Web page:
"The issue is not whether our writing (or speaking, statements, resolutions) will be political. If we are silent, our silence is political. If we write our writing is political." From Patricia Schneider, of Amherst, Massachusetts, a former Methodist/United Methodist. A well-known writer and teacher of writers.
I'm returning to my numbered musings:
11. Many of us in our prayer lives have remembered the death of Trayvon Martin and his family and George Zimmerman and his family, as different as the last few weeks have been for them. I am certain that UMC Bishops and the General Conference, particularly because of their meeting in Florida, will speak in public ways, pastorally and prophetically, about how what took place in Sanford, touches all of us. How can any of us avoid addressing the implications for the so-called "Stand Your Ground" legislation as it can affect the lives of all of us, no matter where we live? And, The United Methodist Church, more so than any other Church body, can interpret why the shooting of Trayvon Martin had such a particularly painful and negative impact upon African Americans; as parents, as men and boys, as families and as a community.
We are not in a "post-racial time" because the memories of verbal and physical violence, past and present, directed at black males, young and old, are, or ought be, very present in all of us. The history of the Methodist/United Methodist Church on matters of race, within and beyond our denomination equip us to speak not in judgment, but instead in ways that remind us of the negatives of our racial history that have informed our movement forward as a denomination committed to racial inclusivity. Some have said that being afraid to, or failing to talk about race, is "the new racism." The UMC, if it is serious about, "the transformation of the world", cannot be silent about race.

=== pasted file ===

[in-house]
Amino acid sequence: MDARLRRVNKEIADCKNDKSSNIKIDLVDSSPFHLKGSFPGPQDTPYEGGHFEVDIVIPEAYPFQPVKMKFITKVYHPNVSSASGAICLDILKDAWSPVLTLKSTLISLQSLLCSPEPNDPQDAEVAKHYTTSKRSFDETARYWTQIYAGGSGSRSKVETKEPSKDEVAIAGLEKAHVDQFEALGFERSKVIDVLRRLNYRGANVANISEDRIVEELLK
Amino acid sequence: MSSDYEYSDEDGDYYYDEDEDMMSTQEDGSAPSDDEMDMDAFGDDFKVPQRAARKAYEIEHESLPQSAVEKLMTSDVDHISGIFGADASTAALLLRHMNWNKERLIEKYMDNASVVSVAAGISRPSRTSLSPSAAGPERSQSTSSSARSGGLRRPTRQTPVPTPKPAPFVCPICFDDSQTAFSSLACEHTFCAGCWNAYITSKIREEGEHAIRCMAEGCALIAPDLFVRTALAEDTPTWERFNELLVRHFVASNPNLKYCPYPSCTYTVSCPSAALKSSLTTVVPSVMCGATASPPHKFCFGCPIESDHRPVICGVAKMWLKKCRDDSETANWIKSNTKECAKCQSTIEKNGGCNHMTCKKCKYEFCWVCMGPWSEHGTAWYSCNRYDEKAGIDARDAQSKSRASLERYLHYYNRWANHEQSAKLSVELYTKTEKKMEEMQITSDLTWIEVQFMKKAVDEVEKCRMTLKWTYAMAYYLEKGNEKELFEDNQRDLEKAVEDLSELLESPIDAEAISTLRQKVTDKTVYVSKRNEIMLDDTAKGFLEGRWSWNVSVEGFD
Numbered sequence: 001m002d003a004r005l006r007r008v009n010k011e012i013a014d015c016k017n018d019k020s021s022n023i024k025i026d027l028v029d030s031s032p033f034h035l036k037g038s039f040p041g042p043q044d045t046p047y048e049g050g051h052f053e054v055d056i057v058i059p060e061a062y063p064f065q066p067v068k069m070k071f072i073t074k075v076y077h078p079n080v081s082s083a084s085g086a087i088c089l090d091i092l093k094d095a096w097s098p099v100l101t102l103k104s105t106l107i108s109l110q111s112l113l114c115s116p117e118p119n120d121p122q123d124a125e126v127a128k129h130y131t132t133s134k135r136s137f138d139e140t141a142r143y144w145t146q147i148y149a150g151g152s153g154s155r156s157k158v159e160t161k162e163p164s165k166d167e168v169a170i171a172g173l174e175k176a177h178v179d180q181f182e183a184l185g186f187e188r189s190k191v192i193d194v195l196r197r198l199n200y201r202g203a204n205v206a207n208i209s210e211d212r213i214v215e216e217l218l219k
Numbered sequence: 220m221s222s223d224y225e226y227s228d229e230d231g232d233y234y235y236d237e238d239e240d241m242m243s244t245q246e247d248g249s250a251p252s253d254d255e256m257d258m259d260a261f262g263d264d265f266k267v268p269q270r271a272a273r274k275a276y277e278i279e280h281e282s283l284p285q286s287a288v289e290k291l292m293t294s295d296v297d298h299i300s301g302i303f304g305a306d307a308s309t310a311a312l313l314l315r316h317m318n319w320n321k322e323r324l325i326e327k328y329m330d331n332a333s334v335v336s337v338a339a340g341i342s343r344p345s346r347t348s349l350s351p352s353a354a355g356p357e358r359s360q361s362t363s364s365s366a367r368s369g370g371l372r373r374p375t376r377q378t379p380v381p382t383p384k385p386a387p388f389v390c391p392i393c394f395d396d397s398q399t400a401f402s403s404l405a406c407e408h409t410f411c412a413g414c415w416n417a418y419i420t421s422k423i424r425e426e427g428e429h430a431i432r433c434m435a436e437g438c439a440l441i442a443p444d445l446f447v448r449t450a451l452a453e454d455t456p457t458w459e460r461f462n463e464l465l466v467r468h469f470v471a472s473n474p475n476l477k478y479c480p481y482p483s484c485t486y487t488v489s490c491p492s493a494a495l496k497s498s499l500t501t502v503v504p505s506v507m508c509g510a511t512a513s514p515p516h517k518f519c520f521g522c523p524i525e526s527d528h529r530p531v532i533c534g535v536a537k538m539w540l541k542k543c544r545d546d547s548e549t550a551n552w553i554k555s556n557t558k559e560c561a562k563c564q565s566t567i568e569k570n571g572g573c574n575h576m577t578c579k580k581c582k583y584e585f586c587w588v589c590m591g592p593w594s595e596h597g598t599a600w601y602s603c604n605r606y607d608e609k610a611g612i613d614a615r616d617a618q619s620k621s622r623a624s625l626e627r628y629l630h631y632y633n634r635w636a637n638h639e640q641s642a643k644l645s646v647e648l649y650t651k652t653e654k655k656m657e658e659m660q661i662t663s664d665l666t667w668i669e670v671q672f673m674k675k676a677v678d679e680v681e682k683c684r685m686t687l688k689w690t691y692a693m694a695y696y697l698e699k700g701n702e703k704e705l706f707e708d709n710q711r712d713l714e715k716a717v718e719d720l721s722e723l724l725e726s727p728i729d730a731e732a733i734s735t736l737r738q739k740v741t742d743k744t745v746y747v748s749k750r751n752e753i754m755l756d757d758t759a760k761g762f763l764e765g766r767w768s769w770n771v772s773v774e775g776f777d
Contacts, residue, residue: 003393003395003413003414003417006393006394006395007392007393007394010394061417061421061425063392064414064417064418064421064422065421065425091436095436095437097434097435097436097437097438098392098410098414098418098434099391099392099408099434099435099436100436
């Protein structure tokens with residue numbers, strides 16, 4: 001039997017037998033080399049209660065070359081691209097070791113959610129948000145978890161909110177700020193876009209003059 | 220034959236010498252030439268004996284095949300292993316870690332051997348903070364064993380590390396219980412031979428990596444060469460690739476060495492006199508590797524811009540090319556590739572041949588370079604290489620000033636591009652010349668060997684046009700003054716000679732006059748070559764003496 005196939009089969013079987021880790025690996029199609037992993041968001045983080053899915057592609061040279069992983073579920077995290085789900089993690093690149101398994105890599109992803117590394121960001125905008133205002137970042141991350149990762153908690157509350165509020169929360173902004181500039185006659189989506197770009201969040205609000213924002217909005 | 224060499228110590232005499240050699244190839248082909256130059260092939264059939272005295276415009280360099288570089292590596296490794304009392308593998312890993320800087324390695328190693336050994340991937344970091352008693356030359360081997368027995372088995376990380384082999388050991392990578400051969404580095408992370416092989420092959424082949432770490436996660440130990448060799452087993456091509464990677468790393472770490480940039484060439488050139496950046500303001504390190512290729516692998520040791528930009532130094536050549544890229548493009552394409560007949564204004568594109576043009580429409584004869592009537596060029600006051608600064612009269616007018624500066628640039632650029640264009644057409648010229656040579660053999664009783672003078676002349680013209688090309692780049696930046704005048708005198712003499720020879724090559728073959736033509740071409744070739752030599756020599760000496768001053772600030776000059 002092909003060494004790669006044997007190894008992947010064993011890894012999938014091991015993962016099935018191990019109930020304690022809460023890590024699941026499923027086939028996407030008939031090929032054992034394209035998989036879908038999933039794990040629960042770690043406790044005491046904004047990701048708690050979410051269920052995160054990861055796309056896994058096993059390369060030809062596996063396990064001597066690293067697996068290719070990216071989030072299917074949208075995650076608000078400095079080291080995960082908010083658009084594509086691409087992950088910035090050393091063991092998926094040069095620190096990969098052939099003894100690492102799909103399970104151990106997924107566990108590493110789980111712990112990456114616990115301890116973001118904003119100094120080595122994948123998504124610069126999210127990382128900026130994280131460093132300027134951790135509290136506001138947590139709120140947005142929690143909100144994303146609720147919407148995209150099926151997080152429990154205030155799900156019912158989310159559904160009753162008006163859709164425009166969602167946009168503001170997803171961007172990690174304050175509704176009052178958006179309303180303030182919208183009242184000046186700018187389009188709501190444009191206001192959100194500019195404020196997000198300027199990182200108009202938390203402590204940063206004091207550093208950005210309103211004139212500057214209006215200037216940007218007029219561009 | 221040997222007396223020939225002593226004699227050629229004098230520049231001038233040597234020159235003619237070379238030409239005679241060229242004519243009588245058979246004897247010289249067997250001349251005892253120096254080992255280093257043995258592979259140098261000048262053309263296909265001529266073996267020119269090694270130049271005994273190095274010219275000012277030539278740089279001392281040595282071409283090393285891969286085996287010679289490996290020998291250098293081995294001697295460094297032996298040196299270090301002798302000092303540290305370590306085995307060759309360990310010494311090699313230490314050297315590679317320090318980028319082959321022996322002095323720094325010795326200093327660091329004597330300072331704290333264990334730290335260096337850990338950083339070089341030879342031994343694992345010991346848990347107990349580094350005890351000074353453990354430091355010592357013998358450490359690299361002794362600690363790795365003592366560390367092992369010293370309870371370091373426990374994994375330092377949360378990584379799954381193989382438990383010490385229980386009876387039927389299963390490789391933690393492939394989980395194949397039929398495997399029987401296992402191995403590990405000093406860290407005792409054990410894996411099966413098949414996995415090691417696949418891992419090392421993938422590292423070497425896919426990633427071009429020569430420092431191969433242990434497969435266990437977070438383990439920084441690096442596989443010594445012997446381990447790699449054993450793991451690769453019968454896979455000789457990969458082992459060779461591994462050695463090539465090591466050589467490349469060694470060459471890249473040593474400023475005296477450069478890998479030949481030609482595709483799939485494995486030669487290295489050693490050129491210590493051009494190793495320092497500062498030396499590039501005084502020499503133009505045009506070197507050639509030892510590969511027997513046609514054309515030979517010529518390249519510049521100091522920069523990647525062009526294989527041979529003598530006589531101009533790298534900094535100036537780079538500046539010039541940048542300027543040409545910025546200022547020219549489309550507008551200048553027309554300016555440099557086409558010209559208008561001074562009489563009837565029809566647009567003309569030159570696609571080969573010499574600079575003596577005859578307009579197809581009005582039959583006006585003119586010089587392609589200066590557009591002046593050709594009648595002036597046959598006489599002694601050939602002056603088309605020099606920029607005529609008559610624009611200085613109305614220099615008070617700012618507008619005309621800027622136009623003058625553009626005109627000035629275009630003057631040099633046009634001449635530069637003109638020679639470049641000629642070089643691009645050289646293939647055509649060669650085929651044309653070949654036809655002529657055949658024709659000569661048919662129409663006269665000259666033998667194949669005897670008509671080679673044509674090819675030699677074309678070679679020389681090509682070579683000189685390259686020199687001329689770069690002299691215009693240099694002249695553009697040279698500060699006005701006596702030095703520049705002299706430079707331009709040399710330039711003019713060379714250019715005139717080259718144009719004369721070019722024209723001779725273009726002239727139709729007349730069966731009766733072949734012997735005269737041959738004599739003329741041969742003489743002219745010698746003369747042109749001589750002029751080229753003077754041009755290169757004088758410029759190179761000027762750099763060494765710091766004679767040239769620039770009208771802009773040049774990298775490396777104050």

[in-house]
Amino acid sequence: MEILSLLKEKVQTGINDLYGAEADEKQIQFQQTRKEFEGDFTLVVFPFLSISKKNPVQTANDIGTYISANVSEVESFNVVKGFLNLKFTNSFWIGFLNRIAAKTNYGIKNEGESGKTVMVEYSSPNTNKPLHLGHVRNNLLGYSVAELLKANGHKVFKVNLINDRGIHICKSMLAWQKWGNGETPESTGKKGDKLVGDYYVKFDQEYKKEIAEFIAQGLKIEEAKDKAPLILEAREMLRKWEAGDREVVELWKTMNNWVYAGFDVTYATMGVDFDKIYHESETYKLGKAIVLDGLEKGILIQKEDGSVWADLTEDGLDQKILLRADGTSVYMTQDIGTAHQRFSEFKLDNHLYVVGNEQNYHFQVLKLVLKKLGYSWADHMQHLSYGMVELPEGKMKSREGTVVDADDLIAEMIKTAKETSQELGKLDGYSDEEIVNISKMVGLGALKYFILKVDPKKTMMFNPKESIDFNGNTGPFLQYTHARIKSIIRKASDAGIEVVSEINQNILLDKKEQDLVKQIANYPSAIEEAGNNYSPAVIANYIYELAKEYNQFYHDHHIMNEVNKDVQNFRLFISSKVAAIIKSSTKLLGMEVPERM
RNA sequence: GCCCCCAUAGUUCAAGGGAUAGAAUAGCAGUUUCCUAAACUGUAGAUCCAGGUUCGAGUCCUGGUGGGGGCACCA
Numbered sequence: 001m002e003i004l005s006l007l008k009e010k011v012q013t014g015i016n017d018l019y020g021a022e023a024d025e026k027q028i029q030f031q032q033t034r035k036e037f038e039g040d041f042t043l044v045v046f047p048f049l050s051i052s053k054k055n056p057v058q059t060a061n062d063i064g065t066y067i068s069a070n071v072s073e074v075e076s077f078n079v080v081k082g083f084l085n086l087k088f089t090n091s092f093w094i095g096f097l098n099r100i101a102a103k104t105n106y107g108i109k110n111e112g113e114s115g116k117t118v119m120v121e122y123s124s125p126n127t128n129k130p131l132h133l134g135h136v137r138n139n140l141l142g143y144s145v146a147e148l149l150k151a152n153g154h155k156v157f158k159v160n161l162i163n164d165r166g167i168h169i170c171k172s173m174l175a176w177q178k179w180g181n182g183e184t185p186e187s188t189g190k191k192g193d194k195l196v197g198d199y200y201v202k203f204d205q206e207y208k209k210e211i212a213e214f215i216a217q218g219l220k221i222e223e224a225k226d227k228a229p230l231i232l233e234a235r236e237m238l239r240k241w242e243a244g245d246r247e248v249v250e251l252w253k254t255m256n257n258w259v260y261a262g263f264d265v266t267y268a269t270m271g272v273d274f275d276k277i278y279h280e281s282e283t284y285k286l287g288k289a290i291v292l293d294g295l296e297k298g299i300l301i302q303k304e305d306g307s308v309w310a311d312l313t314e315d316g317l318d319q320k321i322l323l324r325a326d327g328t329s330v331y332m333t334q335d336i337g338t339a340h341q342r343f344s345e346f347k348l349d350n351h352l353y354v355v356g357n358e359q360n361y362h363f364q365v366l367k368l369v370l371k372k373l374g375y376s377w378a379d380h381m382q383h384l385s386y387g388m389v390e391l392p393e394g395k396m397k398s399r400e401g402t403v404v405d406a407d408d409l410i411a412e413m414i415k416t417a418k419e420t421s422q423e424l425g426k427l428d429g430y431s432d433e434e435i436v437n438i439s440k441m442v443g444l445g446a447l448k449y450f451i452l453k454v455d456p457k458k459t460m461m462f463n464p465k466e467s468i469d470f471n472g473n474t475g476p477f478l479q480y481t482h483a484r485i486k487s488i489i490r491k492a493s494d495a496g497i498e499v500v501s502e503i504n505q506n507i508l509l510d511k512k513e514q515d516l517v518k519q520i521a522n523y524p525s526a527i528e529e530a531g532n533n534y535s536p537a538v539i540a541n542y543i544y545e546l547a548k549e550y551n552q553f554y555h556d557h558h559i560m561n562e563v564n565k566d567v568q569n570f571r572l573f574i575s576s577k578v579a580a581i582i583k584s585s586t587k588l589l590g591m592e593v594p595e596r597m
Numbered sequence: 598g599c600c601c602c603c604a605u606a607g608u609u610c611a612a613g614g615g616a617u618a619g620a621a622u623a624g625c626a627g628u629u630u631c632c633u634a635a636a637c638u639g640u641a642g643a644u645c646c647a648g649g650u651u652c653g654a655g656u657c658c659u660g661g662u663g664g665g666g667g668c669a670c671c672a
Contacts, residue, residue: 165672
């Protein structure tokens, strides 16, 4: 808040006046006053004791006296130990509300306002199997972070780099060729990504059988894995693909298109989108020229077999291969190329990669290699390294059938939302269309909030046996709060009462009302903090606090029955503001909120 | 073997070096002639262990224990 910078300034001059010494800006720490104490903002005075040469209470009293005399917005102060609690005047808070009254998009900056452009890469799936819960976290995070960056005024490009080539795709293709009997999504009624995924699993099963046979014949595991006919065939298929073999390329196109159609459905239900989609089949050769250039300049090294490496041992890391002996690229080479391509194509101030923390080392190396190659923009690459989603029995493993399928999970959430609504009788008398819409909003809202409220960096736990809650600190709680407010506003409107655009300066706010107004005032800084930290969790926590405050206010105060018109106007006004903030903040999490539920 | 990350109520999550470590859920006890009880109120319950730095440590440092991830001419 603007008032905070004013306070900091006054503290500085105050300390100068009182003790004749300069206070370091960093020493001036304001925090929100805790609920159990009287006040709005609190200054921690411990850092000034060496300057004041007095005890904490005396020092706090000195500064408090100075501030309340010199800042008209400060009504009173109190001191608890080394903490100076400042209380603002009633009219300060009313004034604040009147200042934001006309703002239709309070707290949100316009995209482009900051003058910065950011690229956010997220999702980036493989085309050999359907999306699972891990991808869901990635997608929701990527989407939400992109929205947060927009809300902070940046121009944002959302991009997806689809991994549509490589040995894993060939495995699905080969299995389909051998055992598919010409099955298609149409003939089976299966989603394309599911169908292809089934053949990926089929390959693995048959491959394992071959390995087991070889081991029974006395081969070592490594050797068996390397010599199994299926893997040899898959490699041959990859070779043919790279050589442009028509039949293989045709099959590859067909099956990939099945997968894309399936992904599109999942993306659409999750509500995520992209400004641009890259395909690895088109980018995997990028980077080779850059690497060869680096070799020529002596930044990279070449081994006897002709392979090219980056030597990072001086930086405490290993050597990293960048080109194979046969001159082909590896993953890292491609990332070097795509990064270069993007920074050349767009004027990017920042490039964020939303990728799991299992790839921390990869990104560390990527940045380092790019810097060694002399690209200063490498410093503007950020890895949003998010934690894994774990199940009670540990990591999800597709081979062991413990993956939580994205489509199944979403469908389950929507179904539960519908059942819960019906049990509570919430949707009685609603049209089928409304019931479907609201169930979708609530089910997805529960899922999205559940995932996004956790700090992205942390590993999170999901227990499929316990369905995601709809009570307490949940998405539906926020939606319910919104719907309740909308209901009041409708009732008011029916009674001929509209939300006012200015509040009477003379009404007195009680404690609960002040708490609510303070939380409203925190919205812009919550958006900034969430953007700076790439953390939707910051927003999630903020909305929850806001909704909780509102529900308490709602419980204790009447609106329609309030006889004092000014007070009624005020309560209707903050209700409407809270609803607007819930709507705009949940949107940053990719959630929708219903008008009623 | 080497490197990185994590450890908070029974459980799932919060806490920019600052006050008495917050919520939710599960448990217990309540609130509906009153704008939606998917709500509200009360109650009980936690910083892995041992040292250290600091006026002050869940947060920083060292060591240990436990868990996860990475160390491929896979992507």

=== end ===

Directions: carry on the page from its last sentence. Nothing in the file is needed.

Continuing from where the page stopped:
12. "I would not agree that the United Church of Christ has been 'ripped apart' (as a United Methodist Renewal and Reform Coalition statement says) by our discussion about LGBT inclusion. That's partly because our conversation has never been about 'homosexuality' but whether God's LGBT children are welcome in our fellowship, and whether their faithful and ethically-responsible relationships deserve to be treated with respect, rather than contempt". (Andy Lang, Executive Director of the UCC Coalition for LGBT concerns)
James Lawson, the well-known and much respected, retired United Methodist minister who was the leading exponent and teacher of nonviolence in the Civil Rights Movement has said this that our paraphrase: "One of the differences between the lives of black and gay young people is that we who are black, in the presence of racial bigotry had the support of our parents, families and our churches. Whereas gay young people in a society where anti-gay bigotry is the rule and not the exception, often, have neither the support of their parents, family or their church".
We United Methodists in our language and legislation since 1972 have spoken about, and legislated regarding "homosexuality", rather than speaking about and passing legislation that affects "God's LGBT children." I believe that prayerful consideration of this difference will enable and empower delegates at the General Conference to vote language and legislation that is person-centered and nothing more.
Each time I read and hear our declaration that "all persons are of sacred worth" and at the same time recognize how differently we respond to persons of "sacred worth" when they are same gender loving, I remember more than one "racial moment" in my history. One took place at Lake Junaluska when I was one of the few black students involved in the Methodist Student Movement. I have told the story of how I and the other black persons present were not allowed to use the swimming facilities because of our race. I remember one discussion as though it happened yesterday. An older, gentle and kind white Methodist leader said to those of us who were black as we challenged our racial segregation; "Don't worry too much about what happens to black people here on earth. When we get to heaven, we all will be equal."
Apparently some United Methodists believe that the "sacred worth" of LGBT persons and same sex couples will not be fully realized until they "get to heaven". And, maybe some United Methodists are not sure that it will happen then.
See all of Gil's blog posts about the United Methodist General Conference while the UMC legislative body meets in Tampa April 24-May 4.